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Topic: plaint text passwords

Hi,

Is there a standard way to store plaintext passwords either in addition to or to replace the hashed passwords? Any easy way to decrypt the hashed passwords.

I'm researching this for a ISP install and it mandetory that we have access to users passswords for support calls. Users often write with a problem and we need to be able to login as the user without first emailing them back to get passwords (insecure to send over email anyway).

Any ideas? So far, I've just hacked up the scripts to do it but I'm curious if there is a formal way to do this? I can't imagine running any large support system without this.

Thanks!

P.S. And yes I realize that in general storing the passwords in plaintext is a horrible idea.

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Re: plaint text passwords

Well, dovecot SASL supports this (and so will Postfix, because it uses dovecot's authentication), PostFixAdmin does, so it's easily doable.
But, as you said, it's a horrible idea, from all points of view. If your database gets hacked, you will expose passwords for all your users. If you have a disgruntled employee, the same.

skyside wrote:

I can't imagine running any large support system without this.

I beg to differ.
1) You can setup a master account to login to all users - you won't need their passwords, but even this won't be necessary, because:
2) You have anything you need in the logs. Really, anything.
3) Logging in as the users won't really help you at all. Very rarely the problem is with the server itself, 99.999% of the time is with the user's config (crashed IMAP client, wrong host, forgot password, doesn't know to use the program, etc..). You will need remote support for this (VNC repeater, Team Viewer, etc). And when it's really a problem with the servers, you will see it in the logs, very big and very clear.

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Re: plaint text passwords

I totally agree. Our major problem is support requests like:

"my email doesn't work" (end of message)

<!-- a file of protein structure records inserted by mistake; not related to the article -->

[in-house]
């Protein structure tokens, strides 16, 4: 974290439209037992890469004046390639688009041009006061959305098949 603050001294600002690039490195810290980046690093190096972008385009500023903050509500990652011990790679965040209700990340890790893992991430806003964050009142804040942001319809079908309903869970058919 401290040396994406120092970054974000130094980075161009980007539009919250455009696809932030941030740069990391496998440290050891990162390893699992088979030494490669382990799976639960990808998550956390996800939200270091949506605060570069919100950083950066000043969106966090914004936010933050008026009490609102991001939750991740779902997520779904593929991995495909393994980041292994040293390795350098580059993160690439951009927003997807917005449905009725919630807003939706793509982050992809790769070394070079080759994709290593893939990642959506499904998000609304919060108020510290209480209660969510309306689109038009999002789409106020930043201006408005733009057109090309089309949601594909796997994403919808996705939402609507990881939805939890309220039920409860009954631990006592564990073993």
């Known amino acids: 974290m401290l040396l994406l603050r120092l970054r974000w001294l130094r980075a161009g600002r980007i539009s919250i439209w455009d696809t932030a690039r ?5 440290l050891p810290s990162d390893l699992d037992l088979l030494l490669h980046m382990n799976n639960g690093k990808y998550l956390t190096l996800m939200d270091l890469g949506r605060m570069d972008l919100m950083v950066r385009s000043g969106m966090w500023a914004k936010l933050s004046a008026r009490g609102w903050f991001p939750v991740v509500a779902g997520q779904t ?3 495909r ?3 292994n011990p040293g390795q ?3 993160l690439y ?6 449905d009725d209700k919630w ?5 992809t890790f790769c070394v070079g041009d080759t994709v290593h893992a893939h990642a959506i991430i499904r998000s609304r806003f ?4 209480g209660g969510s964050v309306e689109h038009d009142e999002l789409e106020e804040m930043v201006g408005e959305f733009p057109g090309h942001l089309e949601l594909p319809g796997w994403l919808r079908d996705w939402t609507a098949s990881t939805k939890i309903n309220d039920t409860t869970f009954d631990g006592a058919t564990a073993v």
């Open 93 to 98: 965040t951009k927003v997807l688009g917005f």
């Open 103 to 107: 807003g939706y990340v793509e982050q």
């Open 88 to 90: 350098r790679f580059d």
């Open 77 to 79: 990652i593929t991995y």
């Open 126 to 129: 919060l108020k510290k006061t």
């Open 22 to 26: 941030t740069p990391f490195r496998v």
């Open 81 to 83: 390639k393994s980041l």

we of course know that it DOES work but still we need to verify just in case by doing a test login. To duplicate things 100% we need to login as them with their password just to cover that .001% when there is a problem that somehow our monitoring is mssing.

skyside wrote:

I can't imagine running any large support system without this.

I beg to differ.
1) You can setup a master account to login to all users - you won't need their passwords, but even this won't be necessary, because:
2) You have anything you need in the logs. Really, anything.
3) Logging in as the users won't really help you at all. Very rarely the problem is with the server itself, 99.999% of the time is with the user's config (crashed IMAP client, wrong host, forgot password, doesn't know to use the program, etc..). You will need remote support for this (VNC repeater, Team Viewer, etc). And when it's really a problem with the servers, you will see it in the logs, very big and very clear.

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Re: plaint text passwords

I'd like the same function, to retrieve the passwords of our customers and store them in plaintext. We have exactly the same problems as Skyside.

As far as I know, the LDAP backend stores the password with SHA1, and MySQL with MD5. I'm tempted to run a CUDA brute force attack ... smile))

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Re: plaint text passwords

Simply change 'default_pw_scheme' to 'PLAIN' in iRedAdmin will save PLAIN passwords in OpenLDAP.

iRedAdmin-Pro-MySQL doesn't support this yet, will consider achieving it in feature release.

6 (edited by Albux 2011-02-24 03:37:55)

Re: plaint text passwords

ZhangHuangbin wrote:

Simply change 'default_pw_scheme' to 'PLAIN' in iRedAdmin will save PLAIN passwords in OpenLDAP.

iRedAdmin-Pro-MySQL doesn't support this yet, will consider achieving it in feature release.

Hello Zhang,

If I change to PLAIN in an existing installation, what will happen to existing passwords?
Will the old users be able to login?

And... where do we find the 'default_pw_scheme' ? smile smile

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Re: plaint text passwords

As for any reader thinking of implementing this kind of "plaintext" - maybe you want read this article too: The H: Storing passwords in uncrackable form
Greetings

Mike